9 posts • joined 5 Jun 2012
Not just a security update
In keeping with past practices, this is not just a security update for Java from Oracle. No, like many previous releases of Java, there are also major functionality changes included, that once again mean that enterprises can't just push the security updates out, because the bundled non-security changes break stuff. (e.g. Java 7u51 requires that every app has to be recompiled with a new manifest and digitally signed).
For enterprises that have inventories of tens or hundreds of Java applications, cost aside, the requisite remediation that has to happen BEFORE the latest security patches can be deployed is simply not feasible in a timeframe that would avoid lengthy exposure to all the nasty malware that we know is actively targeting Java. The arrogance on the part of Oracle is stunning - they are still ten years behind companies like Microsoft on the patching front.
Will make an awesome password cracker or Bitcoin miner with all those GPU's humming away...
Pot, kettle, black?
It must be really frustrating for Google to find out that their monopoly on our personal information has been broken.
Re: Comments slow my code down - when comments become code
Oh, and the "rule" for a long time at another place I briefly worked was that comments had to have jump instructions around them - to avoid programs being slowed when "processing" them! Even batch files were not spared - every comment had to be preceded by a GOTO statement jumping to a named label:
REM * This is a comment
Comments slow my code down
I once worked with a smart arse whose rationale for not putting any comments in any code was that they would slow down execution of his apps. Now, just to be clear, we're not talking about interpreted or JIT-compiled code here. Later after wearing him down some, his argument reduced to the comments slowing down interpreted code, so we organised a little test in the office with HEAVILY commented vs uncommented version of a script of his, and ran benchmarks on them - we were unable to measure any difference between them...
Oh dear, there goes someone's bonus...
Three years ago, the corporate IT environment in which I work was in dire straits. IE6 was still deployed on 90% of the desktop fleet, the end of support for WinXP/IE6 was looming, and the hundreds of developers and partners refused to remediate their IE6 apps because no funding was forthcoming,. The problem was so tough that no-one knew where to start. Then Chrome Frame came along, everything was fixed overnight. IE6 did not have to upgraded after all, no-one had to fix any code, nothing had to be retested, no end users had to be retrained to use a different browser, and a monkey could be taught to map individual sites to render in Chrome Frame. Investment could be shelved and some very big bonuses paid out to the forward-thinking architects responsible for devising this brilliant strategy.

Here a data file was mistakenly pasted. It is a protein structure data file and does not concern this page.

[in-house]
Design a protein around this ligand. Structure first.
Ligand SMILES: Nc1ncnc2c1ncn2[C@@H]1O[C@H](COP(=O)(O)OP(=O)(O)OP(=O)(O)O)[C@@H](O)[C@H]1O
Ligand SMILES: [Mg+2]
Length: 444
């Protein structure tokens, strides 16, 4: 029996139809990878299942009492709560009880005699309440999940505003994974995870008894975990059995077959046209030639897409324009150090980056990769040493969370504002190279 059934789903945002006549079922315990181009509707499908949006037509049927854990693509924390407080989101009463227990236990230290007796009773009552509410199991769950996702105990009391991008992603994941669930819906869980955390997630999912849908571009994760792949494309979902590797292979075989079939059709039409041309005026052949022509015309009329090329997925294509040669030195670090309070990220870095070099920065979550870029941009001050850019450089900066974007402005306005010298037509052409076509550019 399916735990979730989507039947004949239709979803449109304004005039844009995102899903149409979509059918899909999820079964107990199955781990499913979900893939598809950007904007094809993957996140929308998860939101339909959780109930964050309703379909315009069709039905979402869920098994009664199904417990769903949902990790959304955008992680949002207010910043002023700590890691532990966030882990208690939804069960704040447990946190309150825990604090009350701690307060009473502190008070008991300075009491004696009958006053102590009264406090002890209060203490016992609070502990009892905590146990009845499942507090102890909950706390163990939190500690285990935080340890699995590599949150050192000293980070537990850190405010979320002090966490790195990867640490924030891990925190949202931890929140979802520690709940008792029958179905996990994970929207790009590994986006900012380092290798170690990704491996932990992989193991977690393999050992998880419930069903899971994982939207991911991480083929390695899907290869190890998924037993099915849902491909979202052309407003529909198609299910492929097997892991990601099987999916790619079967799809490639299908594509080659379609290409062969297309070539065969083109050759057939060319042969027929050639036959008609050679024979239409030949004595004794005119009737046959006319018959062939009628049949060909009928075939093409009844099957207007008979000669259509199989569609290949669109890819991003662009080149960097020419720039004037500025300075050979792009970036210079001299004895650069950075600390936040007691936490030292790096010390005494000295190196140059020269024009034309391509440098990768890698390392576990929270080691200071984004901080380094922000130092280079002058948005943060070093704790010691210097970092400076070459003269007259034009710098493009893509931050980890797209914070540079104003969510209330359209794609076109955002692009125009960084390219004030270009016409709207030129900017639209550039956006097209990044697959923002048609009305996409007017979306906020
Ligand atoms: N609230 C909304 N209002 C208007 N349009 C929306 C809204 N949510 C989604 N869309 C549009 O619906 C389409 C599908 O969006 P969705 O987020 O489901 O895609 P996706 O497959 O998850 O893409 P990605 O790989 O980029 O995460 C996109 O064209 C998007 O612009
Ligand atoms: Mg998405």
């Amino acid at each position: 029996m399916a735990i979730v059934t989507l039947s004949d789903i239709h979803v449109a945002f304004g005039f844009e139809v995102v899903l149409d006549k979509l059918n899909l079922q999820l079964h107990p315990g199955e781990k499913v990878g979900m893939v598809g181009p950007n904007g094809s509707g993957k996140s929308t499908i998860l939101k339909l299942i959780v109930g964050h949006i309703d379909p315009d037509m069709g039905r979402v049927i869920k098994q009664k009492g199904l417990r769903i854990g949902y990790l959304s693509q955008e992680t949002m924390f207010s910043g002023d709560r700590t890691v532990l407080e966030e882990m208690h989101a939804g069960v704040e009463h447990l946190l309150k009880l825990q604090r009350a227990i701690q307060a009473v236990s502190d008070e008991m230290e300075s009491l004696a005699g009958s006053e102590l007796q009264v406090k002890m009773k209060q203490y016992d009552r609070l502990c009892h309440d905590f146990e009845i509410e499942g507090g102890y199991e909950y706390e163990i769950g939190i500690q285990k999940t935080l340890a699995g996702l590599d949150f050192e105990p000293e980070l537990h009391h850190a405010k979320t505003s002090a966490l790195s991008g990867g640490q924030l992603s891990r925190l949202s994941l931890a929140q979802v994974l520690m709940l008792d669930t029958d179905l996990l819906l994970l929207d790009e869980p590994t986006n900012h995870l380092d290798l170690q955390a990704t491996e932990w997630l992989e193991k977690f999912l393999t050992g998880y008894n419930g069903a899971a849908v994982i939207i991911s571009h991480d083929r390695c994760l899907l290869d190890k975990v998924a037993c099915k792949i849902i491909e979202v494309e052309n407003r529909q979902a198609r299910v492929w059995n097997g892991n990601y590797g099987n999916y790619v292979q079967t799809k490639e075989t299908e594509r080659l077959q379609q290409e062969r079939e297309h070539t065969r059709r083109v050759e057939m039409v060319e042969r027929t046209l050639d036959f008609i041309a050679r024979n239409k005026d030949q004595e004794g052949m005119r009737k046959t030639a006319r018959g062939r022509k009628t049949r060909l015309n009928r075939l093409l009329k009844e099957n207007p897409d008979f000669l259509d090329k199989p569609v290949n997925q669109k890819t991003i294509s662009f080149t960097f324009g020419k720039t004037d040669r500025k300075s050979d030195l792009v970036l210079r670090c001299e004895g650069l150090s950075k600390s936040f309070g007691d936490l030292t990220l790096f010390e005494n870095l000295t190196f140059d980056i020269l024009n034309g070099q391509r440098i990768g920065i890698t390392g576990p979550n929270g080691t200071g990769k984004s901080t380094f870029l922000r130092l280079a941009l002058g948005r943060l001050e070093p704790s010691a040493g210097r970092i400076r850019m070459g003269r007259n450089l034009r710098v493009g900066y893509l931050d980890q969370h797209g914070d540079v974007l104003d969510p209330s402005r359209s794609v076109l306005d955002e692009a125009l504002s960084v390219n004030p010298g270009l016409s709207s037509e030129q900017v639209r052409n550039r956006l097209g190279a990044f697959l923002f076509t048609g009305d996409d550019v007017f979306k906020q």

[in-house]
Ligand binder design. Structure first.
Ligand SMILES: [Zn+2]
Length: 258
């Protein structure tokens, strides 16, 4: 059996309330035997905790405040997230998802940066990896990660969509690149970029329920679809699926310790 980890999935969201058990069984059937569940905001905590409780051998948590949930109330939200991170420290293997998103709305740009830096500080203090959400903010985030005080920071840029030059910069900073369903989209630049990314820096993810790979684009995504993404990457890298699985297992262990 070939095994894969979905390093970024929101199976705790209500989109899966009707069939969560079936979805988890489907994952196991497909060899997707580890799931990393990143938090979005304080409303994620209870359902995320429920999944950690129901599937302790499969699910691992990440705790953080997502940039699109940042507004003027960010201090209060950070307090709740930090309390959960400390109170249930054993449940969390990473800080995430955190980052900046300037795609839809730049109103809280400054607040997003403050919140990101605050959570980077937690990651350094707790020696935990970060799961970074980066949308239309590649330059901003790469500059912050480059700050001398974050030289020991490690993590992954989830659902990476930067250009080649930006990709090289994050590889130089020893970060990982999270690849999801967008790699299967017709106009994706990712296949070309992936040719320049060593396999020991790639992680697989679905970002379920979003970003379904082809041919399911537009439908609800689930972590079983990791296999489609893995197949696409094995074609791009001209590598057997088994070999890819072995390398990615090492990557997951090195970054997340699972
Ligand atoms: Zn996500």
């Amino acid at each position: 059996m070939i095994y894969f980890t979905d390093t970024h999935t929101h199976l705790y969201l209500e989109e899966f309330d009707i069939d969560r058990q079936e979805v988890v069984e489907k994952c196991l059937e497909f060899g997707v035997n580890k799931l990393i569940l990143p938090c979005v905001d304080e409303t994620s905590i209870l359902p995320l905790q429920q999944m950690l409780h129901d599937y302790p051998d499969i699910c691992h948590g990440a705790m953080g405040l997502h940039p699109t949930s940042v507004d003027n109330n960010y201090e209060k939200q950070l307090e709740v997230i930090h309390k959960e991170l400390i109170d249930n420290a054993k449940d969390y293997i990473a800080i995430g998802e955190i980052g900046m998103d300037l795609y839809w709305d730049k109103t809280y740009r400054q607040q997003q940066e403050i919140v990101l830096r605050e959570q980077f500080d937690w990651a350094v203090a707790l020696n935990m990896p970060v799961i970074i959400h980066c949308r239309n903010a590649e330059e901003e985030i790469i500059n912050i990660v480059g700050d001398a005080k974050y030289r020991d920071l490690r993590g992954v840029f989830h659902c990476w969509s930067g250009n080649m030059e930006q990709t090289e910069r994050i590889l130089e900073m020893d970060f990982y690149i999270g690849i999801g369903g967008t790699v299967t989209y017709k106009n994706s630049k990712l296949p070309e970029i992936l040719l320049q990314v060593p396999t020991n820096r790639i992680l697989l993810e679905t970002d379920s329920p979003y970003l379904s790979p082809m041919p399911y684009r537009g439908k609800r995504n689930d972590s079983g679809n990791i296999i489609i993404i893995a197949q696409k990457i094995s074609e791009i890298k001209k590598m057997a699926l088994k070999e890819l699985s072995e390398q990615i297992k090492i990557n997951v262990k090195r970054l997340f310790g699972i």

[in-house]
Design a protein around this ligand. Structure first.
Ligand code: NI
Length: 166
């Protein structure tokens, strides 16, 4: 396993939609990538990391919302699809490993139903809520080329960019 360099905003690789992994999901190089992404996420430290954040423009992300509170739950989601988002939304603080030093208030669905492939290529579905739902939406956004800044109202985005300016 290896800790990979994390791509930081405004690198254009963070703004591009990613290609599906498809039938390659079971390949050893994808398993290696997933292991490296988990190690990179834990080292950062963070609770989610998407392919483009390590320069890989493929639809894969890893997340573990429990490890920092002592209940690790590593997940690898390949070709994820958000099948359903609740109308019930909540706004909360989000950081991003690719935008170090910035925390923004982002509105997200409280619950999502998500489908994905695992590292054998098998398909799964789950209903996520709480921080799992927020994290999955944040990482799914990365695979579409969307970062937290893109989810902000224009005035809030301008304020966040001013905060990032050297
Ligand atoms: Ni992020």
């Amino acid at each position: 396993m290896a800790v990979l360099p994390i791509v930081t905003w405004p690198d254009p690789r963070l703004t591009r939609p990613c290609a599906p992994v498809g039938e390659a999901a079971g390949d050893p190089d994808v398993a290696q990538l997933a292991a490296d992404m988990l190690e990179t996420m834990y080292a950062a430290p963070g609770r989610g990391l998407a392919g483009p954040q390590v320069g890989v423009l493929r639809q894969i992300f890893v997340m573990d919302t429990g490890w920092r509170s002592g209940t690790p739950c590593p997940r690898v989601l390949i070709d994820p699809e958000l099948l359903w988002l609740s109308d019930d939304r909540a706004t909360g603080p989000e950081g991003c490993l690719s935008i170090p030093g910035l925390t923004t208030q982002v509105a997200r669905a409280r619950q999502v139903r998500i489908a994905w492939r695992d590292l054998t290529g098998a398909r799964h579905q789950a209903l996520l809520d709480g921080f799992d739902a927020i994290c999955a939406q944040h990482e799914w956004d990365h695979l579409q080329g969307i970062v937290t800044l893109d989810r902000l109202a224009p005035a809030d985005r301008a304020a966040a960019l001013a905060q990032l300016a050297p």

Imagine the consternation this week when some recently-promoted architects found out that Chrome Frame won't be around for the foreseeable future.
Wait until the consumers find out after their upgrade that some of the toys they've got used to (Media Center) are now a paid-for upgrade. Reminds me of the punters that haggle over the price of their new tv, then get stung when they buy a $50 HDMI cable to go with it...
Re: Microsoft didn't break MD5
...except that it seems someone at Ms forgot to follow their own advice from way back in 2008:
Microsoft didn't break MD5
It's called a "collision attack" and comes about because of vunerabilties in the long-troubled MD5 algorithm (see http://www.win.tue.nl/hashclash/rogue-ca/). Mostly the fault lies with certificate authorities who continue to use this weak algorithm.
SHA1 is starting to look vulnerable too now - are we going to find a way to blame that on Microsoft too?
Grow up everyone - it's time to realise that this is an industry problem, not a vendor problem...